Having Fun with the Demons | In conversation with Collective Soul’s Will Turpin

Photo of Collective Soul by David Abbott. Left to right: Jesse Triplett (lead guitar/background vocals), Will Turpin (bass/background vocals), Ed Roland (vocals/guitar), Dean Roland (rhythm guitar), Johnny Rabb (drums/background vocals)

07.11.23, 7:00pm | Marion Cultural and Civic Center, 800 Tower Square Plaza, Marion, IL | All ages | $49.99 – $109.99

The nineties remain a nostalgic decade for those of us who are fortunate (and old) enough to remember them. Arcades in every mall, neon pink and green windbreakers, Seinfeld and The Simpsons. After ‘80s glam rock smoldered, a new generation of rock music traded in Grandma’s Aquanet hairspray for Grandpa’s old, torn corduroys—or better yet, some new JNCO jeans. Grunge and alternative rock took the reins and gave a voice to the angst-filled youth of the day. The last decade of the 20th century produced many one-hit wonders in an industry that was rapidly evolving and branching out into several sub-genres. However Collective Soul proved themselves resilient as a band as they consistently created beautiful melodies and adapted to the changing rock landscape for nearly thirty years.

The brothers Dean (guitar) and Ed Roland (guitar, lead vocals) teamed up with bassist Will Turpin in 1992 and these three have remained a constant from the band’s inception. The trio, along with Ross Childers (lead guitar) and Shane Evans (drums), released their first record Hints, Allegations & Things Left Unsaid in 1993 with independent label Rising Storm. Ed was near his wit’s end with the industry after struggling to find success in his earlier projects when a college radio station in Orlando took notice of the recently formed group’s talent. Following this break, with much the same vigor as viral videos and TikTok trends of today, the album became an overnight sensation in the region.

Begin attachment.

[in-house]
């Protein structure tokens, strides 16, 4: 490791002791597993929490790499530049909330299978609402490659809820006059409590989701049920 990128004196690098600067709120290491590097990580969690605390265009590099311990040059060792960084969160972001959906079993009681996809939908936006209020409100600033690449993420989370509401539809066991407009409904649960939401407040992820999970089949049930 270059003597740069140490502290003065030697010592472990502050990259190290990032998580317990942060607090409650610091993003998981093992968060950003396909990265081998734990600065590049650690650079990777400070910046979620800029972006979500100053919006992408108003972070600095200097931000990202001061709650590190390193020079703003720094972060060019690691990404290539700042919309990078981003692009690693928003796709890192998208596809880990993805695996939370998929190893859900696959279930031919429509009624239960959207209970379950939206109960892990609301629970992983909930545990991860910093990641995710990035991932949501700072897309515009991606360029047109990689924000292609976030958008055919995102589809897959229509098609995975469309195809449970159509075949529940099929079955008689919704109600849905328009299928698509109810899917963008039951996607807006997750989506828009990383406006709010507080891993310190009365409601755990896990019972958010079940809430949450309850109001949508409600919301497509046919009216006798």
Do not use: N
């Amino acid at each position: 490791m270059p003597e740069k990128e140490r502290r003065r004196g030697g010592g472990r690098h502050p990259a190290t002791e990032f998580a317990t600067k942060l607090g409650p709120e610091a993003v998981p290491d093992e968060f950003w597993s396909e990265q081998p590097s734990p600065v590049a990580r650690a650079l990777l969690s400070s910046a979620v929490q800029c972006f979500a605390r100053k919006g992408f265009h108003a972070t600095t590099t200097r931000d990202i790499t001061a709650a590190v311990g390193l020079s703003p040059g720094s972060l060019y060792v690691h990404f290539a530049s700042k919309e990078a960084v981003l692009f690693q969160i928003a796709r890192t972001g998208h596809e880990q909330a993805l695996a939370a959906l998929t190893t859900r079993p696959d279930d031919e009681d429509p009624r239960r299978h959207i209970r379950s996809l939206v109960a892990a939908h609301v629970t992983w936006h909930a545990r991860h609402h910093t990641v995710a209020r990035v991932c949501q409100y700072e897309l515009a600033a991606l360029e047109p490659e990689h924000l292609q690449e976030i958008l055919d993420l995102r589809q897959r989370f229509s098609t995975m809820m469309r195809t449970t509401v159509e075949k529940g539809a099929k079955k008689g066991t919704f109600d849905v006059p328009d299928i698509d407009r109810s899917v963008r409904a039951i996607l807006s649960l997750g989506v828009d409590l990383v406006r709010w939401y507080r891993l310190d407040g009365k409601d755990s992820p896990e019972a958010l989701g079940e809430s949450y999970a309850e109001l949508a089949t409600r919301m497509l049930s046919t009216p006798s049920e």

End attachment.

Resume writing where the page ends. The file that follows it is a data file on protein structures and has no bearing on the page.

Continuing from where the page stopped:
Capitalizing on their success, the band signed with major label Atlantic Records and, despite Hints being basically a demo album, the label re-released the album in 1994. Their track “Shine” hit #1 on mainstream rock charts as well as #4 on the Billboard Top 40. The following year, the band released a second, self-titled record that was described by front man Ed Roland as their true debut album. The record achieved RIAA triple platinum status and included three #1 mainstream rock hits “December,” “The World I Know,” and “Where the River Flows.” Many bands of the 1990s that achieved this level of success imploded on themselves, never to create another song worthy of the airwaves, often from drug overdoses, scandals, or turbulent relationships within the group. The opposite was true of Collective Soul, who were only getting started. The group ignited a music career that would keep alternative rock fans’ hearts warm with great music over three decades and eleven studio albums.